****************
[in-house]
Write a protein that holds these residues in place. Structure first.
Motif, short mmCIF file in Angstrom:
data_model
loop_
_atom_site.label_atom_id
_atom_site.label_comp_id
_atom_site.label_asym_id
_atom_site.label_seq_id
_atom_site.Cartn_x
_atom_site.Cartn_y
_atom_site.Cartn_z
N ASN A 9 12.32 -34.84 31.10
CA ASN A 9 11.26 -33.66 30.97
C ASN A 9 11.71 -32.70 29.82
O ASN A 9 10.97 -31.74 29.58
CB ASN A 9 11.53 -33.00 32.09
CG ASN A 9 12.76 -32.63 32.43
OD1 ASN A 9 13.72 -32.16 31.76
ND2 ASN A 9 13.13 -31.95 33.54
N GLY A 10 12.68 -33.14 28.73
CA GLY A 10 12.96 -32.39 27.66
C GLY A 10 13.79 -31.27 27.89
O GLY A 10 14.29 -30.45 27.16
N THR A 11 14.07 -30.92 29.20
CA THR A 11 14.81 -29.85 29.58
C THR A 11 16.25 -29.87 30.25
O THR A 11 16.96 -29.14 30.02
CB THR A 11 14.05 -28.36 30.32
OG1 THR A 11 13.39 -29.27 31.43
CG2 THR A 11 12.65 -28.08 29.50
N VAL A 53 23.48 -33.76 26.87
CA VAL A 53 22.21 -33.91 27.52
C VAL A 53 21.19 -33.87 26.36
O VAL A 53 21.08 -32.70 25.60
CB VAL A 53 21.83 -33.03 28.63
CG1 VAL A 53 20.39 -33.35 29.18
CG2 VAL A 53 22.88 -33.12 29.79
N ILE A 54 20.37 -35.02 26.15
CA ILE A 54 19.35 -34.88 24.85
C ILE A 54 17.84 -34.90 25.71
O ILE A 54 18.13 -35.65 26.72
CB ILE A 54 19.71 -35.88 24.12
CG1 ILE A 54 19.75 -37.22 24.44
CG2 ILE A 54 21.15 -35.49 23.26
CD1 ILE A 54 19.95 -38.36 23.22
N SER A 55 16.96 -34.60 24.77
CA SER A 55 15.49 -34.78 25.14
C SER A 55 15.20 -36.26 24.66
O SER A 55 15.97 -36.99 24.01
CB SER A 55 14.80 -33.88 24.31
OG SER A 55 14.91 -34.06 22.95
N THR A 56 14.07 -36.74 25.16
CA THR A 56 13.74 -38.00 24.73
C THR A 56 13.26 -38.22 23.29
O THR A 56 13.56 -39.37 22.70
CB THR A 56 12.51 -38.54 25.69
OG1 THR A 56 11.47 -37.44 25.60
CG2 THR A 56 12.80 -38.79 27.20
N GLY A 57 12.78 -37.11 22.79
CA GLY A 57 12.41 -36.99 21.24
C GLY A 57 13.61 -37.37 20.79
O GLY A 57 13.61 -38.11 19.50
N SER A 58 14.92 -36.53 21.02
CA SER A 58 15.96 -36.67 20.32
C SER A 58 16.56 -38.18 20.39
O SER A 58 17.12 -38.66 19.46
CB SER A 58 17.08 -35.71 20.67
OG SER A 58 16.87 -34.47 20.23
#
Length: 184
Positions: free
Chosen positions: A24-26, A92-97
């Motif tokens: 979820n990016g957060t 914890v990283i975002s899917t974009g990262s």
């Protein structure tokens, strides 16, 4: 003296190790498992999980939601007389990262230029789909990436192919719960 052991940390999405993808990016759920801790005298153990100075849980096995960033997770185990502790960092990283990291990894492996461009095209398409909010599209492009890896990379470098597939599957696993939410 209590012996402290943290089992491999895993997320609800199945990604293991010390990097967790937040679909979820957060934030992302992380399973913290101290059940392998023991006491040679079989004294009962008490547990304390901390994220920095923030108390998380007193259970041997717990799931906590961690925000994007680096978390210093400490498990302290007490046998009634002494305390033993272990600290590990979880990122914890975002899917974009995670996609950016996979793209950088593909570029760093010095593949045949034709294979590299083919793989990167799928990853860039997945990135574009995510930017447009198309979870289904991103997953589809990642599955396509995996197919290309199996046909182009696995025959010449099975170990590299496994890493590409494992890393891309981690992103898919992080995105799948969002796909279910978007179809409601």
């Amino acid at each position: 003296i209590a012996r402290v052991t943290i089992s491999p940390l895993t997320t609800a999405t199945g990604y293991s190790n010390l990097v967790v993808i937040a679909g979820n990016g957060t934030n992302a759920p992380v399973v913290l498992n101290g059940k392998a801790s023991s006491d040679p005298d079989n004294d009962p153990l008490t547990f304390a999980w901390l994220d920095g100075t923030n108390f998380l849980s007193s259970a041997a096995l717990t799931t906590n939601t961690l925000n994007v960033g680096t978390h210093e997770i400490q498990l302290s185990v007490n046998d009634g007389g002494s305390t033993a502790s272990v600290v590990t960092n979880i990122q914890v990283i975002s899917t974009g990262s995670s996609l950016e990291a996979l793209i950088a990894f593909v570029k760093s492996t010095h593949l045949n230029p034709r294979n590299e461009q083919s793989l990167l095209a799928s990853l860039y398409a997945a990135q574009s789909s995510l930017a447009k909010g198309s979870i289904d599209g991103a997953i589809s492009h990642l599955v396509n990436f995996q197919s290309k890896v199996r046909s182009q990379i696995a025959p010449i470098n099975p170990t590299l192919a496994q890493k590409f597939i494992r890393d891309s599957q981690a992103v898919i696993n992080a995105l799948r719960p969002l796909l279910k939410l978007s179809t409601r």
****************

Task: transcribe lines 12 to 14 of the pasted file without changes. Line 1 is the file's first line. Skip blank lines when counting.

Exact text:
_atom_site.Cartn_z
N ASN A 9 12.32 -34.84 31.10
CA ASN A 9 11.26 -33.66 30.97